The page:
As the peoples' uprising against a
venal political class in India shows no signs of abating, a
strange din is evident in some debates and comments. Apart from
reeking of cynicism and a not-so-veiled contempt for the
self-mobilising multitudes, they all essentially converge on a few
broad points. Let us look at them point by point.
One. Parliament is supreme.
No, parliament is not supreme. The constitution of India is, says
constitutional expert Fali Nariman. And the constitution begins
with "We, THE PEOPLE OF INDIA ... resolved to constitute India and
to secure for all its citizens justice, liberty, equality and
Parliament is an institution whose primary task is to legislate to
ensure justice, liberty, equality and fraternity.
One does not have to be an expert to know how much parliament has
done to live up to its duties, particularly in the last four
decades. Today, denial of justice to the poor is routine. Liberty
is a luxury of the powerful. Equality is a far cry. And fraternity
is constantly under attack by the sectarian and narrow interests
of the political parties.
Two. You can't dishonour parliamentary proceedings.
Anna Hazare, at no point, has said that parliament needs to be
packed up or bypassed. He and his followers have wanted their
version of the Jan Lokpal bill to be introduced and debated in
parliament within a time frame and not left hanging indefinitely.
His attack is not against parliament but against those who have
hijacked the august institution. Several political leaders and
critics have deliberately tried to confuse the two to attack the
movement as "anti-democratic".
Three. There is a due process, you can't circumvent that.
Very well. Where was the due process when Lokpal Bill was
introduced in parliament eight times in the last 42 years? Why did
it lapse every time? Who blocked the due process? Team Hazare was
not even in sight then.
The arguments of "due process" and "legislation takes time" are
used to suit the interests of the elected political
Take two recent examples that illustrate the real priorities of
our MPs. Last year, after just two days of largely
self-congratulatory debate, MPs gave themselves a three-fold rise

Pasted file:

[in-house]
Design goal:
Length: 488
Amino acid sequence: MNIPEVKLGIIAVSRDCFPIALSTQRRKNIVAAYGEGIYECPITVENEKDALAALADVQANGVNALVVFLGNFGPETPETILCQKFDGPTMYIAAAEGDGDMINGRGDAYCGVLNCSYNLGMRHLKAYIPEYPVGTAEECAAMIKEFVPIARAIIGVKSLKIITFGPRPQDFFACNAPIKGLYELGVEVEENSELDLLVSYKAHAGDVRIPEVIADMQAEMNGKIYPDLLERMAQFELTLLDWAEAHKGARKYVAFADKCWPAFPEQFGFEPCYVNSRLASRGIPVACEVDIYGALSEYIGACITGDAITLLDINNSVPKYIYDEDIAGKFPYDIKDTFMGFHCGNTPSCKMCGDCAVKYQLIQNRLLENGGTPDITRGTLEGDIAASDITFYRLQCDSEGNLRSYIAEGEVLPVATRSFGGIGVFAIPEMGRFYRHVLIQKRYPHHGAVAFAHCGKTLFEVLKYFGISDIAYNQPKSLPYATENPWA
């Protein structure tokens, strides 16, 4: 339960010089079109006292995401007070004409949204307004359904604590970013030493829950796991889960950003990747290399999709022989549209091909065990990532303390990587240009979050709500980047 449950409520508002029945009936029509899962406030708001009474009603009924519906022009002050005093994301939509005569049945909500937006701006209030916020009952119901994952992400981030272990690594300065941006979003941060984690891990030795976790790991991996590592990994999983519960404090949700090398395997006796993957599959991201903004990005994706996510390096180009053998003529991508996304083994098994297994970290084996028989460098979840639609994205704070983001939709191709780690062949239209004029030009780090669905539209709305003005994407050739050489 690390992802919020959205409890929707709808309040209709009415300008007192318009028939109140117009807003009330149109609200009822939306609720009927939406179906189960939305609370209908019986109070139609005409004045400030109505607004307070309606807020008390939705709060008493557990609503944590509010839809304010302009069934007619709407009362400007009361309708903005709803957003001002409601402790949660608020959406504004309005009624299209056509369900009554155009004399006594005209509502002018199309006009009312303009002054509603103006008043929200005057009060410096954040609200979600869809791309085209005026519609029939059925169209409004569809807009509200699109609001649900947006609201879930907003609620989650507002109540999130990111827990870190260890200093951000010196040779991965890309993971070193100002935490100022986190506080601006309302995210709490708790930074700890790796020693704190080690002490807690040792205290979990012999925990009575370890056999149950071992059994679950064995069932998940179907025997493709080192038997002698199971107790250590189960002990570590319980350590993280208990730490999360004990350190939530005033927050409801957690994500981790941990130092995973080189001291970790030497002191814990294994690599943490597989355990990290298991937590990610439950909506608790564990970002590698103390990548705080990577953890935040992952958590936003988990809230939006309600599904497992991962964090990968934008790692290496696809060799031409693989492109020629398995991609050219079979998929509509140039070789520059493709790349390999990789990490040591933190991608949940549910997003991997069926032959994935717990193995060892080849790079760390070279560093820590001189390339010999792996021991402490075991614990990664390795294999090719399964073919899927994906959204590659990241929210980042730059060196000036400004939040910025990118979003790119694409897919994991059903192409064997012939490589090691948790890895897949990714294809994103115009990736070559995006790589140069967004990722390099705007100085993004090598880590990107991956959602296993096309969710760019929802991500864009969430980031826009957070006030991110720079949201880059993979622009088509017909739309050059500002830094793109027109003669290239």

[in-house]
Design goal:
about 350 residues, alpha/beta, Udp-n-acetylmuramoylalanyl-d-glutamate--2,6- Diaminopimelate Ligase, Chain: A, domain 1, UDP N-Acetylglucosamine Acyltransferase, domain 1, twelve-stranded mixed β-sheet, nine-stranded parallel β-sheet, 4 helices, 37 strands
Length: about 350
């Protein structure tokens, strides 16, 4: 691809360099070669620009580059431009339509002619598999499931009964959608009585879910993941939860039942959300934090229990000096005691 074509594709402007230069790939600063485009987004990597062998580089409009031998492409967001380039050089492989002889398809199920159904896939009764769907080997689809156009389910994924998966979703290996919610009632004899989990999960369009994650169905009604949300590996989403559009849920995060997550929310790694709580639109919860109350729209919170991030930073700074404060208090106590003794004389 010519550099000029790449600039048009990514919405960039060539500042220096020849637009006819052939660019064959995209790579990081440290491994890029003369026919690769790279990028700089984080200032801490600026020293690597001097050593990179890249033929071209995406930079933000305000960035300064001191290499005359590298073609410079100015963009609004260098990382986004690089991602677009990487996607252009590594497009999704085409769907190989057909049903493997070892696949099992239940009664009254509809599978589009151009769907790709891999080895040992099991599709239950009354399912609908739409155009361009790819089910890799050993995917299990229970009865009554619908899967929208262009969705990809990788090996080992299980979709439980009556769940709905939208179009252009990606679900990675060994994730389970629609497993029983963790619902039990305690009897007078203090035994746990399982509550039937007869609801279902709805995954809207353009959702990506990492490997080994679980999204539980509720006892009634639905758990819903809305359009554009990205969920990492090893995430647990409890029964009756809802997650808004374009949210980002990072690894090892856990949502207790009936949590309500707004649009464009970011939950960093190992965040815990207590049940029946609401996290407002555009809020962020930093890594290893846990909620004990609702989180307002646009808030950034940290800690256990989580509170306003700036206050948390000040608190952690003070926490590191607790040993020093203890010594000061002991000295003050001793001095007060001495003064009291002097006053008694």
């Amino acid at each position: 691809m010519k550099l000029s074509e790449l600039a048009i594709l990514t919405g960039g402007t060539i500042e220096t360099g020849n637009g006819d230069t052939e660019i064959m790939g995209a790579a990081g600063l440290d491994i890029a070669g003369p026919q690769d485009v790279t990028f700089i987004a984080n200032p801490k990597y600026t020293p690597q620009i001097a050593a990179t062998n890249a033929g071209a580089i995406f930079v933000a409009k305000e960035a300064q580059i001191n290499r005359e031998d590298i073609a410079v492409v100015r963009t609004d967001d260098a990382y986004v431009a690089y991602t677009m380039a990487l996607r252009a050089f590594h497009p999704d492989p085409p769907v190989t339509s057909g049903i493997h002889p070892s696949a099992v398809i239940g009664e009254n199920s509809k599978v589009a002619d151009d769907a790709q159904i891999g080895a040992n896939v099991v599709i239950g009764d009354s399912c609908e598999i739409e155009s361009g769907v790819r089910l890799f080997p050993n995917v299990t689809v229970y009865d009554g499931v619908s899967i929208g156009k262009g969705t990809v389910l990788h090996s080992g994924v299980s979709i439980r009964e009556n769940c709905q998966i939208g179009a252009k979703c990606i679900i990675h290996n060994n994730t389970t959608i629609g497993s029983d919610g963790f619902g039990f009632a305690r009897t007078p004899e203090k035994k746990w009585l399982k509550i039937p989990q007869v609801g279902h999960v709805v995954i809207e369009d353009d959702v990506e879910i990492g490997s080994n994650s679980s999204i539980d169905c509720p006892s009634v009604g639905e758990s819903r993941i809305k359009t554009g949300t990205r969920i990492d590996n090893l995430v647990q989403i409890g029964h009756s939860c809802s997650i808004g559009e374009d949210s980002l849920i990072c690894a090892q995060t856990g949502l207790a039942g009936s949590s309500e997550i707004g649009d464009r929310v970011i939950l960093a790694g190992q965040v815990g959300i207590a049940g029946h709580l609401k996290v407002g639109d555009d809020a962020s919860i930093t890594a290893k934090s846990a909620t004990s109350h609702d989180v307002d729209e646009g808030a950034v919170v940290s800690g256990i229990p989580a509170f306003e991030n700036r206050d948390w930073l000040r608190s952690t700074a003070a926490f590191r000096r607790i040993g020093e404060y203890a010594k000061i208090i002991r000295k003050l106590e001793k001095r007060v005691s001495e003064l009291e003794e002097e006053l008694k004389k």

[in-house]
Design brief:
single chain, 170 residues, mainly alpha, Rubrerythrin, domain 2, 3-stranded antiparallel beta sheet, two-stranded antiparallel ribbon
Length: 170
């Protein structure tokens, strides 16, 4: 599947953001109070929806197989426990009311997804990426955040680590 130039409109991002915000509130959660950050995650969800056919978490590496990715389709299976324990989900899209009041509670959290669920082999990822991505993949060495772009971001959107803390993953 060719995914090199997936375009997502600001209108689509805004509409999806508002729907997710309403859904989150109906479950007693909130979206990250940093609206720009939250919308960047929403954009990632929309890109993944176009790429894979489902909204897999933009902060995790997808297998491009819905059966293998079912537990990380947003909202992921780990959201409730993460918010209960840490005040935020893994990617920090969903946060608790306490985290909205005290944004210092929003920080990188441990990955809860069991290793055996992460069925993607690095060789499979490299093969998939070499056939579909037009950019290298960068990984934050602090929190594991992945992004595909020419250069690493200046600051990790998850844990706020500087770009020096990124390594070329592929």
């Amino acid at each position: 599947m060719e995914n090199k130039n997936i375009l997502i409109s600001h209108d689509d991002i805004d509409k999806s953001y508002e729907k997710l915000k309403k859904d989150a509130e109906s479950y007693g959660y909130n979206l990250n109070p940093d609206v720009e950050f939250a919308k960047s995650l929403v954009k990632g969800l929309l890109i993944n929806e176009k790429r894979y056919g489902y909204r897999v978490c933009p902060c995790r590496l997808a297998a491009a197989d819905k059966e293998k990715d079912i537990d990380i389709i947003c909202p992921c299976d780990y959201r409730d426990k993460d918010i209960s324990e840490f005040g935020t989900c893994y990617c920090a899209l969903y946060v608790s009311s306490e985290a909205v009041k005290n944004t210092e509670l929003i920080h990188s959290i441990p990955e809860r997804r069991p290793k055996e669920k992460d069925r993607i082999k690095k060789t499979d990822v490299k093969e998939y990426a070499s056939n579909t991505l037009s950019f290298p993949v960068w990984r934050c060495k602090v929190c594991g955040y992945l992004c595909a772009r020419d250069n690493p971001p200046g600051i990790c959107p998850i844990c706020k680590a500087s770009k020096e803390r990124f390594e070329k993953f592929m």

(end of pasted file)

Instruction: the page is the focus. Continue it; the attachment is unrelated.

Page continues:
to their remuneration from Rs.16,000 to Rs 50,000 per month. They
doubled their daily allowance from Rs.1,000 to Rs.2,000 and
constituency and office expenses from Rs.20,000 to Rs.40,000.
All this is over and above, free home in the most exclusive parts
New Delhi, free telephones, free electricity, free unlimited first
class air-conditioned travel in train with a companion thrown in.
An immensely important legislation popularly known as SEZ Act
whose implementation has unleashed farmers' revolt against the
government taking away their land for corporations to set up
factories in tax-free zones, was passed in two days and without
debate in May 2005.
Four. Jan Lokpal bill is not going to end corruption.
Of course, not. Who said it would? Certainly, not Hazare and his
aides. They say it is a beginning. And it would simply provide two
possibilities - one, a fear of punishment to the corrupt and the
other a tool to the long-suffering ordinary Indian. Under the
existing system, corruption by state functionaries is not only
condoned but encouraged as there is no fear of punishment (a
corruption case can drag on for 30 years while the corrupt enjoy
The Jan Lokpal bill is just a step towards long overdue reform of
the Indian political system. Hazare's moral courage, simplicity
and sacrifice inspire people, and that is why his call resonates
across the country.
Five. Hazare's movement is fostering a dangerous ideology against
politics, politicians and political parties.
No. It is fostering an unprecedented mass upsurge against the
politics of opportunism, against the corrupt politician and
self-serving political parties.
Today, Indians have experienced, for the first time since
independence, a new type of politics which has begun to empower
them in a real way and lay the foundations of a participatory
democracy. The ruling elite and their apologists, who have thrived
under the existing corrupt system, are scared. By casting gloom,
naysayers are simply ensuring their own doom.
Sudip Mazumdar is long-time foreign
correspondent based in New Delhi and a keen political observer.
The views expressed are personal. He can be contacted at firstname.lastname@example.org